Is that clear enough?
The ridiculous story comes from The Telegraph.
Barbra Streisand criticises treatment of women by Orthodox Jews
Speaking at the Hebrew University of Jerusalem on Monday, the 71-year-old took aim at cases of ultra-Orthodox Jews targeting women.
"It's distressing to read about women in Israel being forced to sit in the back of the bus," she said, "or when we hear about 'Women of the Wall' having metal chairs thrown at them when they attempt to peacefully and legally pray."
She was referring to isolated incidents in which ultra-Orthodox men tried to force women to sit separately at the rear of buses that go through their neighbourhoods, as well as more serious clashes in which ultra-Orthodox Jews tried to prevent women donning prayer shawls and carrying Torah scrolls from praying at the Western Wall in Jerusalem, the holiest site where Jews can worship.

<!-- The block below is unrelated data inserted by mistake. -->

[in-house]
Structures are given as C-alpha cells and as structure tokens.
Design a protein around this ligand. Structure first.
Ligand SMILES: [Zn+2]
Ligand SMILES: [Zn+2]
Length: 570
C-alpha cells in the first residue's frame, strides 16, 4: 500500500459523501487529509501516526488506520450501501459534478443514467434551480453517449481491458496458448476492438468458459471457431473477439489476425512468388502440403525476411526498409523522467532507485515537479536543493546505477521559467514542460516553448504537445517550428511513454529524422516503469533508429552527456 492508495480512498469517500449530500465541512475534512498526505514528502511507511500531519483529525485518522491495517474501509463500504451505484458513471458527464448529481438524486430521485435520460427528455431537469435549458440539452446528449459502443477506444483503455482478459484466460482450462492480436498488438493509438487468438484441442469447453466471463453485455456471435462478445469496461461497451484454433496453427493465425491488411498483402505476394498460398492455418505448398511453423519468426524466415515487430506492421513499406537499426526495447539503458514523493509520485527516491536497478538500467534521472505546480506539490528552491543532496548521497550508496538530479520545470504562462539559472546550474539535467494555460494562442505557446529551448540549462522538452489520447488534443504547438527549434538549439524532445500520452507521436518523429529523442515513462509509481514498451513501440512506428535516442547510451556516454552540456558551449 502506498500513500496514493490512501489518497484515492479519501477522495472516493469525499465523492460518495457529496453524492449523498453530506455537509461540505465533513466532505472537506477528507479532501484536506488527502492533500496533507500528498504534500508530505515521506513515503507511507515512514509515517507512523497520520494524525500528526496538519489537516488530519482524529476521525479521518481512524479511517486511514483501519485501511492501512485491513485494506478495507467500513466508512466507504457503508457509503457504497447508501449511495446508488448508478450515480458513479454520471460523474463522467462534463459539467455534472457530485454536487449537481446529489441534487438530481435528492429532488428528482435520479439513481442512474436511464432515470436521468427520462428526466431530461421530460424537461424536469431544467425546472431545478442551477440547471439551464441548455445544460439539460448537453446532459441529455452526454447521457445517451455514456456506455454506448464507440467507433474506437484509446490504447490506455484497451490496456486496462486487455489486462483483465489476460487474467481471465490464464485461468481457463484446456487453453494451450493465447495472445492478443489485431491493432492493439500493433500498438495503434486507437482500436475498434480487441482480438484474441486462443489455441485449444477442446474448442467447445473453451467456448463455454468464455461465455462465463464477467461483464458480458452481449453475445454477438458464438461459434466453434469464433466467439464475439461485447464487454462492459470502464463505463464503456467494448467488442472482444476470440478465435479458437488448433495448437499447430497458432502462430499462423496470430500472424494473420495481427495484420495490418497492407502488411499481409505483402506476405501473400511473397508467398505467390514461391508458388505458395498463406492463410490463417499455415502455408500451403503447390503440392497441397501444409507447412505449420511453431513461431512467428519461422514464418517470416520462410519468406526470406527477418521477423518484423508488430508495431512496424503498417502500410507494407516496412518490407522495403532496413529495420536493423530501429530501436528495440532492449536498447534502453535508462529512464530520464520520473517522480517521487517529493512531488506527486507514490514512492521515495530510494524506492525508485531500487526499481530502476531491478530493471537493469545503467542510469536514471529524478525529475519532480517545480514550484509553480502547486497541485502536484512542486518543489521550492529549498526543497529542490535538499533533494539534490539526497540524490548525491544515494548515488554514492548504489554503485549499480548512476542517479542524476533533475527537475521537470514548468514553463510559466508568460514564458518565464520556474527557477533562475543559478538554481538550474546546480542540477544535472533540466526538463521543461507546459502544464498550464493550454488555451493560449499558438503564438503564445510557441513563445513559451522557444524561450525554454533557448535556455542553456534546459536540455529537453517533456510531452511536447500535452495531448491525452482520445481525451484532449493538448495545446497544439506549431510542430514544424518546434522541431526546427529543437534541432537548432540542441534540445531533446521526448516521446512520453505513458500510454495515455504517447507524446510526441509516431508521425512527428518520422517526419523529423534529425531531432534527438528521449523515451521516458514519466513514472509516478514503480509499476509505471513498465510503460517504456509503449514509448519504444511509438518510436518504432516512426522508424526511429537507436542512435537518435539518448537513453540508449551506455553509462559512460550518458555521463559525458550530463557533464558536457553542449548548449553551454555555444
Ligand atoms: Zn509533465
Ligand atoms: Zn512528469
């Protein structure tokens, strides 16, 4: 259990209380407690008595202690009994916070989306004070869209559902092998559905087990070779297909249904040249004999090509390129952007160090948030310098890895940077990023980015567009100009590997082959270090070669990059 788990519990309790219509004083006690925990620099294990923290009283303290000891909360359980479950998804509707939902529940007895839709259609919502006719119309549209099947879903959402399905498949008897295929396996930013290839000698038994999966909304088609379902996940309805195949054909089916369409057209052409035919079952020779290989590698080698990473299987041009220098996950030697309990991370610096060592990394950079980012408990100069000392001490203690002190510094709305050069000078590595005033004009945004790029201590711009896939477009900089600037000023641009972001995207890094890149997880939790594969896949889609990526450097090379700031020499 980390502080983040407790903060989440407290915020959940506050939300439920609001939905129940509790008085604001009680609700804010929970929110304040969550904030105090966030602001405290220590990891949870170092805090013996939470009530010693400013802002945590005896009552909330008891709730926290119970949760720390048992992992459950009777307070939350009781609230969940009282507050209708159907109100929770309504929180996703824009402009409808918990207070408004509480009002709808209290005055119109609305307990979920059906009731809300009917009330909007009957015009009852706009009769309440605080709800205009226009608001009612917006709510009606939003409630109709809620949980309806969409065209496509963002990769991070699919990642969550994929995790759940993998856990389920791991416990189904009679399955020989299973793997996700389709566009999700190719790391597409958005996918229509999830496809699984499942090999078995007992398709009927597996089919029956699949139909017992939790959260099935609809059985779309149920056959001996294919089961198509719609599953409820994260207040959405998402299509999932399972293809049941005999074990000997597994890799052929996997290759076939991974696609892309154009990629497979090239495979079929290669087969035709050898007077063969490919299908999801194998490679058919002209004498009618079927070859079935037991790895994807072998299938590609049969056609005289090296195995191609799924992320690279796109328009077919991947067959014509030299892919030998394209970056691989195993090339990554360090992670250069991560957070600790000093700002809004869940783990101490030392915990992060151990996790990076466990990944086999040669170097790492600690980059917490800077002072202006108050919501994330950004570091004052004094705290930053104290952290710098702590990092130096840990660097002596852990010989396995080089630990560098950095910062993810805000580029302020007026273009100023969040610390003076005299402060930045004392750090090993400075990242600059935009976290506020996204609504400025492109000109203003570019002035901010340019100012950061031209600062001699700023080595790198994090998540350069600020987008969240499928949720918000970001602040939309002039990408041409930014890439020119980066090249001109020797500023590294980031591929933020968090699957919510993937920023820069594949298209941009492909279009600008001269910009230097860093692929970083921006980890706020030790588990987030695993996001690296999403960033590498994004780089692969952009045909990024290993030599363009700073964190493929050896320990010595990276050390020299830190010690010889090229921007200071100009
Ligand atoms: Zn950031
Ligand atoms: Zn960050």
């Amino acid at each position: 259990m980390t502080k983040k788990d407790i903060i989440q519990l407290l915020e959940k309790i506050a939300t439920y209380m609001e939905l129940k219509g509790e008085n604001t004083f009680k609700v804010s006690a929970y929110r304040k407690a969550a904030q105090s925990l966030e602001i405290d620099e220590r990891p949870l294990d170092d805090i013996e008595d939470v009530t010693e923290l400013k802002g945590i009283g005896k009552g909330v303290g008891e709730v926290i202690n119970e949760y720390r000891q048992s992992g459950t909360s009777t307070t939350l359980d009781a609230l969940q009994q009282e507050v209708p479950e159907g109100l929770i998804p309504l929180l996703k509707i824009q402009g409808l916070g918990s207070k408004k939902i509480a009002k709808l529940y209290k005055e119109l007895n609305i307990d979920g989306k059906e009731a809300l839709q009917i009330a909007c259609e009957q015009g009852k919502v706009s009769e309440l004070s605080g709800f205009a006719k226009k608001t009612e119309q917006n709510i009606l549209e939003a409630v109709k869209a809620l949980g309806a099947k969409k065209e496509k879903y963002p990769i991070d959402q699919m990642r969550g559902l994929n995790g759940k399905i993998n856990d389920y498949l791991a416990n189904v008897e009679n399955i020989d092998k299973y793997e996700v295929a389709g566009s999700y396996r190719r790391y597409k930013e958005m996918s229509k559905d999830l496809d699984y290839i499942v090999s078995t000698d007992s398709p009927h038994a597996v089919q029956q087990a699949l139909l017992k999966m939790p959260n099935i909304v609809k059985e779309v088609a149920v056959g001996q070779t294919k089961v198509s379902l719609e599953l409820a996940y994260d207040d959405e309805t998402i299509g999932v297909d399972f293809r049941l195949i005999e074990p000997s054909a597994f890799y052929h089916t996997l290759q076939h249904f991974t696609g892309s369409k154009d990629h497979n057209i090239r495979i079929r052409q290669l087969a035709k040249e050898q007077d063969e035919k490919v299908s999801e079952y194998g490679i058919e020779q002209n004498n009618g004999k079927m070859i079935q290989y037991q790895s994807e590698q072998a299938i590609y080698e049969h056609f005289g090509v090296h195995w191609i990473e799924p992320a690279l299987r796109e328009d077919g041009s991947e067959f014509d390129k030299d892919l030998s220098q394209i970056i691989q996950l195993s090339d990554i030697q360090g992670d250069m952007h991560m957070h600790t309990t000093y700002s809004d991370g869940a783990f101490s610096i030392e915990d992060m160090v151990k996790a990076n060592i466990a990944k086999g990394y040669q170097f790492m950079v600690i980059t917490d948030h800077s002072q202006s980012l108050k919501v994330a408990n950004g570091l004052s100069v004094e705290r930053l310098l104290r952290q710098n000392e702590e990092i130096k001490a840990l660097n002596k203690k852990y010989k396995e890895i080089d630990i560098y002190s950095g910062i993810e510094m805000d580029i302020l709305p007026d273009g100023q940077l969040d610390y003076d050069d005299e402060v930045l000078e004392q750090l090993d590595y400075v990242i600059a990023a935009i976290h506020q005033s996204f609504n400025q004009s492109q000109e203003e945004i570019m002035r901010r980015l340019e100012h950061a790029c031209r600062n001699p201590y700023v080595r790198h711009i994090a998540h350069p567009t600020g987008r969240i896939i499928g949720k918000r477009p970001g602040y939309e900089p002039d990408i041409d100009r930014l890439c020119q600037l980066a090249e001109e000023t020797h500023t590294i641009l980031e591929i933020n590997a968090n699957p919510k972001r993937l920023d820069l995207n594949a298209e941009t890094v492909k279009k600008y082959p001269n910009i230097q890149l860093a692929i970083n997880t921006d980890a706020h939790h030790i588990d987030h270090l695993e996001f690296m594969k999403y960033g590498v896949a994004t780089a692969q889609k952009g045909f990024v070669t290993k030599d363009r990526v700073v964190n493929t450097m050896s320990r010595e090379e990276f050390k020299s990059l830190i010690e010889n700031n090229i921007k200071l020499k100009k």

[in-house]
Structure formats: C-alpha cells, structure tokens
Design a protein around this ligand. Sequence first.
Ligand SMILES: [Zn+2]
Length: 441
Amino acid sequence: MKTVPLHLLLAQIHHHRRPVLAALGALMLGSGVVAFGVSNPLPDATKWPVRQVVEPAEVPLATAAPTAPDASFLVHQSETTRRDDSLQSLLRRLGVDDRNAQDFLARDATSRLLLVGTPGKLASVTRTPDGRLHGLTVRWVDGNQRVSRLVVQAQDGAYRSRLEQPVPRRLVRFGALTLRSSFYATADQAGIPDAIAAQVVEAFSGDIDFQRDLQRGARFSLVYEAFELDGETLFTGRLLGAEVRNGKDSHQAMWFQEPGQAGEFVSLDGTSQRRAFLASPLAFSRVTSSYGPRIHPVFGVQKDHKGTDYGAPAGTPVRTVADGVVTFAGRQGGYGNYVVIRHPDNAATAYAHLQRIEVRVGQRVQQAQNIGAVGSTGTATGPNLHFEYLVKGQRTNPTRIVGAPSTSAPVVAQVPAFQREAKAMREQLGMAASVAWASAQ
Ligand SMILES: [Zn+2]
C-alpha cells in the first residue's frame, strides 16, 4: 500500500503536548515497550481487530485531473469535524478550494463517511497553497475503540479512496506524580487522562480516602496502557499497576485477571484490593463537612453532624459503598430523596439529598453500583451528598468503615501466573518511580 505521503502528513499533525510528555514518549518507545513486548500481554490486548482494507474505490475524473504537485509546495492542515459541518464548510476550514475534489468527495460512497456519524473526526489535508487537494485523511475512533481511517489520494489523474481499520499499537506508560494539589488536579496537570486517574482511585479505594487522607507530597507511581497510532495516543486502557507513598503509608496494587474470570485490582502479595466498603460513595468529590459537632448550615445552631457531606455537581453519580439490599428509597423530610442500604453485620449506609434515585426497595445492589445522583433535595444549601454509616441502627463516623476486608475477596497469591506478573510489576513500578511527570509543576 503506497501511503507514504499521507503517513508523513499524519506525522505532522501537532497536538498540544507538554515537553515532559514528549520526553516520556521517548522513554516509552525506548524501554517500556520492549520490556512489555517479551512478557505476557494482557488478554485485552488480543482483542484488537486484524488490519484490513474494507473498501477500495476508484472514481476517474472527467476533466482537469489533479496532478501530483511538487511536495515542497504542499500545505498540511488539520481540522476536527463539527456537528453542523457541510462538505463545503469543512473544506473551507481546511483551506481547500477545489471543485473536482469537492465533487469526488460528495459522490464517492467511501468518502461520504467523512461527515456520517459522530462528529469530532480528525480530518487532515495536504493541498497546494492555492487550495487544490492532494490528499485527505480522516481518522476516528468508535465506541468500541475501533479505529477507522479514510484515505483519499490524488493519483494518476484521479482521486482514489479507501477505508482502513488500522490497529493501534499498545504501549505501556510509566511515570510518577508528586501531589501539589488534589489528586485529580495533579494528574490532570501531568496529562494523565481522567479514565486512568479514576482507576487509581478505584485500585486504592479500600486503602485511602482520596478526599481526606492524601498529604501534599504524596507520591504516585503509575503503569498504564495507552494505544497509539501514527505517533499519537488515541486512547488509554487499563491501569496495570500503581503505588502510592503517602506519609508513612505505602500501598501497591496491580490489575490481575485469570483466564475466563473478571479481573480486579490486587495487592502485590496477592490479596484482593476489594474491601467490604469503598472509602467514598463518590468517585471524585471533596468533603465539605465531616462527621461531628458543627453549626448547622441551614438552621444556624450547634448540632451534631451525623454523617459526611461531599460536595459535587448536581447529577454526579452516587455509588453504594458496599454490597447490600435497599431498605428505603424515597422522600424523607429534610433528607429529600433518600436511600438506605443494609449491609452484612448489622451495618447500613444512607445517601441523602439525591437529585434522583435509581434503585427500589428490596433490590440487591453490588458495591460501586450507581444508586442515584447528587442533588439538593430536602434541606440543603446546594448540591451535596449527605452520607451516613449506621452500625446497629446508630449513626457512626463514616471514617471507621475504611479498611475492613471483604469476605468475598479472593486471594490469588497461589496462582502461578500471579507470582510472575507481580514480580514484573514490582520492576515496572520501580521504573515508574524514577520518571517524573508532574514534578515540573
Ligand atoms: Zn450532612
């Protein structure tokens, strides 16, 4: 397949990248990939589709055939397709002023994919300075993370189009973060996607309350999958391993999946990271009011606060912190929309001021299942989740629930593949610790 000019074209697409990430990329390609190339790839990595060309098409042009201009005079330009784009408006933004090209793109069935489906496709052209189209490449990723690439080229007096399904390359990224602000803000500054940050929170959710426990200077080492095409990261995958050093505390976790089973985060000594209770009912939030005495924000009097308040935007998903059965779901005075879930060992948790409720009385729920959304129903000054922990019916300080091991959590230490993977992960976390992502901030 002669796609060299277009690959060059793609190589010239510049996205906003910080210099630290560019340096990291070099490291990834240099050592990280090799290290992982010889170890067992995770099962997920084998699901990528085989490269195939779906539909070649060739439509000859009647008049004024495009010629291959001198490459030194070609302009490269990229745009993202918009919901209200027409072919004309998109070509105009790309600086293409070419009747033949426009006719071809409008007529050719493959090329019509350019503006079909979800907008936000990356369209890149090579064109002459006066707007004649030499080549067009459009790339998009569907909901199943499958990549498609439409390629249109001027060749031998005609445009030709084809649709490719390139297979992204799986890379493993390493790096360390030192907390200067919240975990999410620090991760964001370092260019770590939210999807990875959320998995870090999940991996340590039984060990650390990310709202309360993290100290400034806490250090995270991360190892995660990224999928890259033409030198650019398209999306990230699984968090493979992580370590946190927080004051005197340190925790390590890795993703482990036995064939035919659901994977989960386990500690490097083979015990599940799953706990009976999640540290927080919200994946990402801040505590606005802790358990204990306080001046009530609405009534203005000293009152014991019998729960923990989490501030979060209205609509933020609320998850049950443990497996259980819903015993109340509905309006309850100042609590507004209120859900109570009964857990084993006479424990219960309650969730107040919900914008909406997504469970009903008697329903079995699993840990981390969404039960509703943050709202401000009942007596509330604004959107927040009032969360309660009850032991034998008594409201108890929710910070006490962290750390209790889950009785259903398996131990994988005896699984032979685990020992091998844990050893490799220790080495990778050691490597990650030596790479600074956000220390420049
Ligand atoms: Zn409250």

According to traditional Orthodox Jewish practice, only men wear prayer shawls and handle Torah scrolls, though that is slowly changing in some places. Ultra-Orthodox Jews, who cut themselves off from the rest of society but wield disproportionate power in government and religious affairs, fear that allowing women to make such inroads will erode their authority.
Tzipi Livni, the Israeli justice minister, has introduced legislation making forced separation of men and women in public places like buses illegal. On the issue of women praying at the Western Wall, a court has upheld the right of women to wear prayer shawls, and a proposal has also been made to set aside a section of the Western Wall for mixed-gender prayers.
Streisand visited the university in one of the first stops of her trip to Israel since 1984, receiving an honorary Ph.D. In her acceptance speech, she reaffirmed her support of Israel and the school.
Streisand spoke at length of her admiration for Israel and the Hebrew University, which opened a building named after her father in 1984 after she donated money for its construction. She stressed the need for gender equality, praising the university for graduating a record number of female Ph.D. students this year, the first time that women made up a majority of the degree recipients.
University officials called the Jewish singer and actor "a close friend of Israel" and said that her honorary Ph.D. was "an opportunity to recognise her support, her friendship, her generosity."